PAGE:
When applied to the database of ProTECT III (a clinical trial of progesterone to treat TBI), scores on the SITI scale correlated with a perceived need for craniotomy
How does this improve population health?
While our results need prospective evaluation, the SITI scale may be a clinical decision tool that can efficiently communicate potential surgical urgency in TBI patients.
We reviewed the patient report forms from the ProTECT III trial to ensure that the data collected would be sufficient for calculating the SITI score. The variables needed to determine the SITI score were mapped to the data elements from the original ProTECT III public-use data set, and a single database was created using SPSS (IBM, Armonk, New York). Specifically, the data used for this study included demographic information, mechanism of injury, timing from injury to arrival to the ED, the combined GCS score on arrival, pupillary response on arrival, data obtained from the radiologist’s interpretation of the admission head CT, and information regarding surgical interventions. All patients included and randomized to the ProTECT III study had a calculated GCS performed in the ED. For intubated patients, the verbal response was graded 1T. None of the patients included in the ProTECT III trial were found to have a history of prior eye surgery that would have prevented performance of a pupillary light reflex.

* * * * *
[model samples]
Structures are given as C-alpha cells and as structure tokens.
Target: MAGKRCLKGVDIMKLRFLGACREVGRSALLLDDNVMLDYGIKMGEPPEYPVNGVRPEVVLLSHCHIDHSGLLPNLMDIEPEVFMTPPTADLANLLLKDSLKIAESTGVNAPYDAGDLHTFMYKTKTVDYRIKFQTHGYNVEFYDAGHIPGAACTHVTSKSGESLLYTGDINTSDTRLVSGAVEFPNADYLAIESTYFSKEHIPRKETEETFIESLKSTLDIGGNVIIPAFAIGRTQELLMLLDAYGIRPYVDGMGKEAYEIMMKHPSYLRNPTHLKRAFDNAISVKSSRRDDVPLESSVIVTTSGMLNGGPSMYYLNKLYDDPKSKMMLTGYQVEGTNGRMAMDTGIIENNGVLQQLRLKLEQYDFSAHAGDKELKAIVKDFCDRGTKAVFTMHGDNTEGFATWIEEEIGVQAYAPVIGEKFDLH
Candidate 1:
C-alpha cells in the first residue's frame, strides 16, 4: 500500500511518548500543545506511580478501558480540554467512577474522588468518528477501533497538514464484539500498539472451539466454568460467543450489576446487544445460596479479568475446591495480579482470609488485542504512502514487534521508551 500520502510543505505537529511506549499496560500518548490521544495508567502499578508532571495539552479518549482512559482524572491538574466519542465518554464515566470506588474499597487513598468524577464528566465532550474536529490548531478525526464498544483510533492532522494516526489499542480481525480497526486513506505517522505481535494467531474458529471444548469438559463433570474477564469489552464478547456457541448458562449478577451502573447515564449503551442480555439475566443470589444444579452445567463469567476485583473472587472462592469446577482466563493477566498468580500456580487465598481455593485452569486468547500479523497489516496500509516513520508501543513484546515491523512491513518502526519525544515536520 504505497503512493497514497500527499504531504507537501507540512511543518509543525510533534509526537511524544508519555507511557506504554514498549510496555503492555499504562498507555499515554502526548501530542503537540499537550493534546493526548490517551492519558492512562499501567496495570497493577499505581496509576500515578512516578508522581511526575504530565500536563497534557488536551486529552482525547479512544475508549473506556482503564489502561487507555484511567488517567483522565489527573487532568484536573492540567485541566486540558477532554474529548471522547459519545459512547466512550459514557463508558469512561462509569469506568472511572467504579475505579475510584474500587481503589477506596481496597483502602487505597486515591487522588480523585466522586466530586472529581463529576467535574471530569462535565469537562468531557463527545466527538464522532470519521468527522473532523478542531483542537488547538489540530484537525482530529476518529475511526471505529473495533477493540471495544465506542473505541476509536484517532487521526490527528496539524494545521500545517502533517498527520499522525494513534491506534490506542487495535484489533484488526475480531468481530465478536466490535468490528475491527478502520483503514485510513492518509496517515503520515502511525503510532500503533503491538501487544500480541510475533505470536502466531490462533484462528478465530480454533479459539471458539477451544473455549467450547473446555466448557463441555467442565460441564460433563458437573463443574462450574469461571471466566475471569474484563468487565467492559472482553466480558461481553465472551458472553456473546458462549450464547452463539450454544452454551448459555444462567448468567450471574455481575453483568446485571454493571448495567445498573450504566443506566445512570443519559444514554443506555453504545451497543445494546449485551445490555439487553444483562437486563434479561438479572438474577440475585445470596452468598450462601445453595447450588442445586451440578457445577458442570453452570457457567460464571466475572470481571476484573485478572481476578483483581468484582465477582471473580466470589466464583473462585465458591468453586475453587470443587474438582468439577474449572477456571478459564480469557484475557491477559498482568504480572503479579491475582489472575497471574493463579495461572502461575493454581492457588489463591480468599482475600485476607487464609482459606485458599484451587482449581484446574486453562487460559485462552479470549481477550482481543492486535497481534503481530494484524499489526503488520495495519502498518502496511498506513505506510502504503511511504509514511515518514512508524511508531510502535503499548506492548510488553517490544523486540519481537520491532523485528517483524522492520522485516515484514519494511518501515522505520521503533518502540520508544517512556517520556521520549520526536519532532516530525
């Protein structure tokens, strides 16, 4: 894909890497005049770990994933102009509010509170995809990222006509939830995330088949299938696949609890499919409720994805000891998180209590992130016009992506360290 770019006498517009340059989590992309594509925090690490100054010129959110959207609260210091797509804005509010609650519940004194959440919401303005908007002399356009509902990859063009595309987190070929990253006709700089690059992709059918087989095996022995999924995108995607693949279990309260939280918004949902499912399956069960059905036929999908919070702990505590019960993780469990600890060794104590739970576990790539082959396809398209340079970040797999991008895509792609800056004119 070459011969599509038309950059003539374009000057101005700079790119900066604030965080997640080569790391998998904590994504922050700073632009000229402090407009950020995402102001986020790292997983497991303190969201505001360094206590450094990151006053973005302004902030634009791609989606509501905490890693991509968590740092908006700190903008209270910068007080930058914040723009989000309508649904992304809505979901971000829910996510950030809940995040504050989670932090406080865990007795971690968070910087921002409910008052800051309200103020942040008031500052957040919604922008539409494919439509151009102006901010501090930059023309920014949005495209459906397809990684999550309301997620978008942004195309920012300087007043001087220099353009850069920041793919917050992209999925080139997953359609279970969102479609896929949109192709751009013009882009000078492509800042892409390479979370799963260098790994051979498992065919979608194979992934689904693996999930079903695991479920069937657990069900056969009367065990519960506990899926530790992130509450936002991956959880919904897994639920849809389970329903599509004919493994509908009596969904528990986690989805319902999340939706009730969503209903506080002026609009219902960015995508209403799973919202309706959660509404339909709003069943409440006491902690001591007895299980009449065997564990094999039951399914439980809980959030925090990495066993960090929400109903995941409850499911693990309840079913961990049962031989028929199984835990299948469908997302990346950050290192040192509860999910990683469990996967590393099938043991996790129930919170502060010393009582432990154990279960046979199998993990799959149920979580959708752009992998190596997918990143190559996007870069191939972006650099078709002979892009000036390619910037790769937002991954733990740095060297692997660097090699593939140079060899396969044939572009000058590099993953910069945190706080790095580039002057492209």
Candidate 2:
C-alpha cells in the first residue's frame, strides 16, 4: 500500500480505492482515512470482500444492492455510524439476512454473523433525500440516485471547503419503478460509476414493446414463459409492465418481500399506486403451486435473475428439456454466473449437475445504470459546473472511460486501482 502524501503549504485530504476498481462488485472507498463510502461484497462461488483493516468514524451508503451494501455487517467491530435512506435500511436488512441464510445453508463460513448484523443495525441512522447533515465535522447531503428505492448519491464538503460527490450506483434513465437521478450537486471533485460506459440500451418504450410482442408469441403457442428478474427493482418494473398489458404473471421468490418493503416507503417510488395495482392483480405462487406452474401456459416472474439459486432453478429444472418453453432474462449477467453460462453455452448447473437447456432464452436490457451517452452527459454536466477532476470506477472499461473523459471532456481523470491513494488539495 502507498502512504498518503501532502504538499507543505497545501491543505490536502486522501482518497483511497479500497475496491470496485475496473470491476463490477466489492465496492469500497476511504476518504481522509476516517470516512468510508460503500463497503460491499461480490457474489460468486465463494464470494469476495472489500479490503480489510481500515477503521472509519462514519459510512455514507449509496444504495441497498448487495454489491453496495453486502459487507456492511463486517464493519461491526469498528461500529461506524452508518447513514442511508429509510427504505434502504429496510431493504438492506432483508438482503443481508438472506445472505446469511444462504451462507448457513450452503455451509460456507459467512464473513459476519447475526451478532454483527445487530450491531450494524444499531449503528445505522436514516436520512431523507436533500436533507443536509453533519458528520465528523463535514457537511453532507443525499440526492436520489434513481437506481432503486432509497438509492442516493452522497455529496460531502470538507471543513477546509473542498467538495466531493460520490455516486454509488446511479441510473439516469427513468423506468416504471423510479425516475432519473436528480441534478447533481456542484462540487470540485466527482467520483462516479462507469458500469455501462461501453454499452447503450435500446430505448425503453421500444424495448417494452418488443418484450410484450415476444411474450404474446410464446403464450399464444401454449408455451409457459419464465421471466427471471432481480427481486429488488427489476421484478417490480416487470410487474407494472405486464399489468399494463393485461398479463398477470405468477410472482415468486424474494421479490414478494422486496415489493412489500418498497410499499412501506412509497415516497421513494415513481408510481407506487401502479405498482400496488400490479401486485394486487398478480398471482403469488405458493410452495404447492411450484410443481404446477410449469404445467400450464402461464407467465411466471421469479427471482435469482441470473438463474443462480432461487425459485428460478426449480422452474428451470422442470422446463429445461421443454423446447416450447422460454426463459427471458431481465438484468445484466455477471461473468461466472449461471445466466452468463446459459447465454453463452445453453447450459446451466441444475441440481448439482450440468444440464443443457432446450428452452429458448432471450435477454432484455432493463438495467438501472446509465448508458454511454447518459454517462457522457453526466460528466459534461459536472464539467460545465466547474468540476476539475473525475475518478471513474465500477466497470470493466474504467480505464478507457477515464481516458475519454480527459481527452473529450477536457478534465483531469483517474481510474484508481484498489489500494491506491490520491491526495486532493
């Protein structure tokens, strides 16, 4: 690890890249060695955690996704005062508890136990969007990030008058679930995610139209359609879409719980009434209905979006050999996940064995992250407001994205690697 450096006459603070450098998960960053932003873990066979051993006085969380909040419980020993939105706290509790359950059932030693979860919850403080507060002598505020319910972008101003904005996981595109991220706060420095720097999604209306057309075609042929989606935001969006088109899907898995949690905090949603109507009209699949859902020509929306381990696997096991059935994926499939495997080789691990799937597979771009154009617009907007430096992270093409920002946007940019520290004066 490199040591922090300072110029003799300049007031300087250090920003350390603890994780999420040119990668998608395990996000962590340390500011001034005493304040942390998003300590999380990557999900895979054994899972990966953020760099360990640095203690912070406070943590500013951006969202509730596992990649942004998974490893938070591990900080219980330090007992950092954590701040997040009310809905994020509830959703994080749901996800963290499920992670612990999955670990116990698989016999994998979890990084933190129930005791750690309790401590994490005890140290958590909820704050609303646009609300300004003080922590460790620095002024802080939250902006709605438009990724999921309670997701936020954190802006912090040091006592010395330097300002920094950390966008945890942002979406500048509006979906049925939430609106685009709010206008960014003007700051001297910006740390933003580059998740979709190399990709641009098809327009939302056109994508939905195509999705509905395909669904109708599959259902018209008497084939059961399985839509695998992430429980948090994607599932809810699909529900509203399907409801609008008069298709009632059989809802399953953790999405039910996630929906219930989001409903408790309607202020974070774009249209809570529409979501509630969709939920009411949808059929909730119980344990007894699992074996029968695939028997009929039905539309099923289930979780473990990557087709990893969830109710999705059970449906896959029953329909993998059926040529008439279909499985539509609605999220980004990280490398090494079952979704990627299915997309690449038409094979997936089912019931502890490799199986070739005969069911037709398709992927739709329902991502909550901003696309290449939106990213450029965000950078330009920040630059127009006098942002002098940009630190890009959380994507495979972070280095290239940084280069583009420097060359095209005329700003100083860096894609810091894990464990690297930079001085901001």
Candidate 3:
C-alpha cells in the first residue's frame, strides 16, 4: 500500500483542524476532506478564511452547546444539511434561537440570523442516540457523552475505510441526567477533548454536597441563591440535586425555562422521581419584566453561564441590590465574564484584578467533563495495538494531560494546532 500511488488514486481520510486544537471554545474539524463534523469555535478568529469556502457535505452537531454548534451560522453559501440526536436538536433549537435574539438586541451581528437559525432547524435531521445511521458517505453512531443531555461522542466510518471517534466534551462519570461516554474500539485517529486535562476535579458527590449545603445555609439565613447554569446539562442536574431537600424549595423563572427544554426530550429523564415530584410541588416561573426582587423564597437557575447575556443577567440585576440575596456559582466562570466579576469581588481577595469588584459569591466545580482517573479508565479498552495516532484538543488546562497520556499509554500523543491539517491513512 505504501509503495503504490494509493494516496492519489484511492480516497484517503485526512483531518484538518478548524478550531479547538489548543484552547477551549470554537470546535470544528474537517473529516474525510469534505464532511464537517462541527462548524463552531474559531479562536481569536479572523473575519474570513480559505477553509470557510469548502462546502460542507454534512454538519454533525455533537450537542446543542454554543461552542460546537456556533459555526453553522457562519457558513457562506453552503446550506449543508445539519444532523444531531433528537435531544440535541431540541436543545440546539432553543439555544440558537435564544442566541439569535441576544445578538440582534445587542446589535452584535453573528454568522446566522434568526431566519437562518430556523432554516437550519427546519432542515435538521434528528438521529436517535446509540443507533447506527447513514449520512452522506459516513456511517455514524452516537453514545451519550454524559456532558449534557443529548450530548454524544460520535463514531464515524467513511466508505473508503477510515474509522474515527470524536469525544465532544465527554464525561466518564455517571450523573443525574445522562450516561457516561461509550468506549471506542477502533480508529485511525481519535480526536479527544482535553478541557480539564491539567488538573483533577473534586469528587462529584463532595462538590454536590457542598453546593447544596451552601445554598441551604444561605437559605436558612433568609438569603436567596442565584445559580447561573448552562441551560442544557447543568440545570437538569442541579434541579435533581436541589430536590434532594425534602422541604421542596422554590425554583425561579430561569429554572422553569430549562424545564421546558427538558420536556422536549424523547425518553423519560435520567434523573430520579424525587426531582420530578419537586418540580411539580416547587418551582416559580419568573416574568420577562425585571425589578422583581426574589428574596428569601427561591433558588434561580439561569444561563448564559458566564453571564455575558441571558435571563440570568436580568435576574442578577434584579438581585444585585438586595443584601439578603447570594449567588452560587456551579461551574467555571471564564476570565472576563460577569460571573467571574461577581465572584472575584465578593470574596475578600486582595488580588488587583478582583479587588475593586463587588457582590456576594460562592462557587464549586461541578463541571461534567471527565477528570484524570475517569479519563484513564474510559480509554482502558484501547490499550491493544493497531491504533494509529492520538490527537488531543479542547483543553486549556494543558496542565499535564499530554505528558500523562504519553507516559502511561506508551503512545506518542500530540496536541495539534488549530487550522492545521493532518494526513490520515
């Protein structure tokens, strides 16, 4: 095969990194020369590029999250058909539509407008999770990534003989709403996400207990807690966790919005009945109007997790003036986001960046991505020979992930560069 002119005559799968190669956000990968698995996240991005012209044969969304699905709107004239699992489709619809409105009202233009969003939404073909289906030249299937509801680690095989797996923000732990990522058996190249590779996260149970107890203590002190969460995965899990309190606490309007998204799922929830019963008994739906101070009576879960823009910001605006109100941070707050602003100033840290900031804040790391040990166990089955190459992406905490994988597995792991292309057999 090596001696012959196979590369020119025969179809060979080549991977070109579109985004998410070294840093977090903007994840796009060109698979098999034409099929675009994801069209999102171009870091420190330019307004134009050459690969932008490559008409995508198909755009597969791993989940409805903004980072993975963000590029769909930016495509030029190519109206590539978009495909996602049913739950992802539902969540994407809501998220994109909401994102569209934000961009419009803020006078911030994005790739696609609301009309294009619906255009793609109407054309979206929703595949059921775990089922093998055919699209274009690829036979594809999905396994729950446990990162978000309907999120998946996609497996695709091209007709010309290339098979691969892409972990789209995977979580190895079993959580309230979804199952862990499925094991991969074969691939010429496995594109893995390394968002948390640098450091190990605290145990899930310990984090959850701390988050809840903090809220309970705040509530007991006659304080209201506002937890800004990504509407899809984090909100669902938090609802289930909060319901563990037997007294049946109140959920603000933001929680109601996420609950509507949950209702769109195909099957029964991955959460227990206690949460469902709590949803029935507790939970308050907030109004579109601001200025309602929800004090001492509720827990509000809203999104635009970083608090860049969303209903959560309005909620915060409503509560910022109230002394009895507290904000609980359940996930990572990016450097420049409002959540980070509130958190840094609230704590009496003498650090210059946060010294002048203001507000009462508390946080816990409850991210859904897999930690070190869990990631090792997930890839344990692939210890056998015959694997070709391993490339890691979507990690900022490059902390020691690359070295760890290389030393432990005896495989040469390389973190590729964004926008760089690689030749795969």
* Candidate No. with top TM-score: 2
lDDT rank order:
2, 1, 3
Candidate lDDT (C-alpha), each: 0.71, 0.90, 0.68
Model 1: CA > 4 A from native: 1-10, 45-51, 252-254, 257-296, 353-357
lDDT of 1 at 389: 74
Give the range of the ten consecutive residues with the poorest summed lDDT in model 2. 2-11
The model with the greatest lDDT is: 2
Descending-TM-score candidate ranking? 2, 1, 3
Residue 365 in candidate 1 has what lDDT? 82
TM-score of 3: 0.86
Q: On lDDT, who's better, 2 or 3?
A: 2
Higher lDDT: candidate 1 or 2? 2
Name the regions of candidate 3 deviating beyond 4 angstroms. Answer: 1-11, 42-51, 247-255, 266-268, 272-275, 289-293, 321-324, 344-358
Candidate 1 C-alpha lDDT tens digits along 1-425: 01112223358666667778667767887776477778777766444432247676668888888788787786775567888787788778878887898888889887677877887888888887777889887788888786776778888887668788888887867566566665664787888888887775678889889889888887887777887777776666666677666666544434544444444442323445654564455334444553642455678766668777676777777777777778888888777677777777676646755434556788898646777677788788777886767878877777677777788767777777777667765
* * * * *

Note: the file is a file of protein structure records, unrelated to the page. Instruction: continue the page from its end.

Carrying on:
For patients with midline shifts that were not clear from the ProTECT III database, a radiologist (Jason W. Allen) blinded to the patient’s background information determined the degree of midline shift. In cases where the patient’s operative status was unclear (ie, whether the patient had an operation in the first 24 hours after admission), individual case reviews were performed to determine whether the patient received surgical intervention. We defined patients as “operative patients” if they had craniotomies or craniectomies within 24 hours of arrival to the hospital. In ProTECT III, craniectomy and craniotomy were considered third-tier therapy. Surgeons were advised to perform surgical intervention, at their discretion, for refractory intracranial pressure and were referred to the most recent surgical guidelines.5